Can you take a shower after getting surgery for an ingrown toenail?

I've had surgery on the same toe twice in the past year; and the podiatrists have told me to wait 24 hours and keep the bandage on before I take a shower/clean it.
So, since you had it yesterday I'm pretty sure you can, just make sure you clean your toe and rinse out any soup or shampoo that may get in there :)
Hope this helped!! :)

Can i go to the beach after 2 weeks after ingrown toenail surgery?

i had an ingrown toenail surgery about 2 weeks ago, my toenails look fine, but one is just a little red, its not sore, its not numb its just alittle red. and my friend is having a beach party tomorrow because she is leaving soon :/ so i was wondering if i could go or not because i REALLY want to!

thankyou :)

Is it safe to go swimming after ingrown toenail surgery?

Is it safe to go swimming in a swimming pool the day after an infected ingrown toenail was removed by a doctor? I'm not sure if the chlorine would have any bad effects on it or not...I imagine it'd be something like cleaning it out since chlorine is so powerful in that aspect, but I'm not sure. Help?

Does a toenail that is ingrown grow back after surgery?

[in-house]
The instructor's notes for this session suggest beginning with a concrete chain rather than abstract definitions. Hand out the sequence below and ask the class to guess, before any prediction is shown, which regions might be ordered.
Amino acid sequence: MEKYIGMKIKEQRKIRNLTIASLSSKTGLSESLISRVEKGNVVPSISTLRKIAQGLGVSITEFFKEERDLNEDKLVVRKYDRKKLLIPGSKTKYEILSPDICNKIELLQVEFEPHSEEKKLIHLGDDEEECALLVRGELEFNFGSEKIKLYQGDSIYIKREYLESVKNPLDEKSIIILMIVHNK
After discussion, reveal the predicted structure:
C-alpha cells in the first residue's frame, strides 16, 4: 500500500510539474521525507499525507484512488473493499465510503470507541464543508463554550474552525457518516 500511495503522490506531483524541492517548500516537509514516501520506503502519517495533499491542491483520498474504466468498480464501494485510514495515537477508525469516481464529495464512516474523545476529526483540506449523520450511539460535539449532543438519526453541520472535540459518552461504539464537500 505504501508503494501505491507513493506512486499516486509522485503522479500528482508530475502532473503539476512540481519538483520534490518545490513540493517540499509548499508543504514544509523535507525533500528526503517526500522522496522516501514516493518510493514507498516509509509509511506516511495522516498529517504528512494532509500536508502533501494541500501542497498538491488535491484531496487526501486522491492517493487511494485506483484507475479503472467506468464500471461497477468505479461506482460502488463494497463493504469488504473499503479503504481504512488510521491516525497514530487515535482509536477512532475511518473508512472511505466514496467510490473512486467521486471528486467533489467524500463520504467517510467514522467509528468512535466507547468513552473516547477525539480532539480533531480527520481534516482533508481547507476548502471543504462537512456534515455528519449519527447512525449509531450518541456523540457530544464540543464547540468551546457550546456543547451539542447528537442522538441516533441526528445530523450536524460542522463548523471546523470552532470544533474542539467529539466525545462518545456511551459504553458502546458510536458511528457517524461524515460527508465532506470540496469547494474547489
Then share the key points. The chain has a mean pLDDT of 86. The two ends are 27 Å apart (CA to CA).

It has been over twenty-five years since I had the very minor surgery to remove an ingrown toenail. I don’t remember every detail, but I do recall some of it. I can remember watching the doctor inject local anesthesia. It took at least two or three injections to achieve the desired amount. Those didn’t really hurt, it was more of a discomfort than pain. Afterwards, he proceeded to cut and remove a narrow piece of my toenail, so as to remove the ingrown toenail. The ingrown toenail was quite deep, but was removed fairly easily. He then cleaned the area and packed it with gauze and wrapped it up. I don’t remember how long that I had to stay off of my foot while it healed, but I recall spending a great deal of time on the couch.As far as whether or not it grew back, well honestly, not really.You can clearly see a narrow spacing between the toenail and the side of the original nail bed. I think that it may have grown very slightly, but it has never reached its original location.I still have trouble with the occasional ingrown toenail on the other side and on the other big toe. In fact, the other big toe has issues where one side of it eventually breaks away and peels off. You can see in the above photo that the one that I had the surgery on, it has the appearance of a split down its center. The other big toe has similar issues.The doctor that performed the surgery, said that to avoid, or at least reduce the likelihood of ingrown toenails, one must cut their toenails straight across. This is supposed to ensure that the toenail only grows forward, rather than sideways as well. It is not completely effective, but it does help.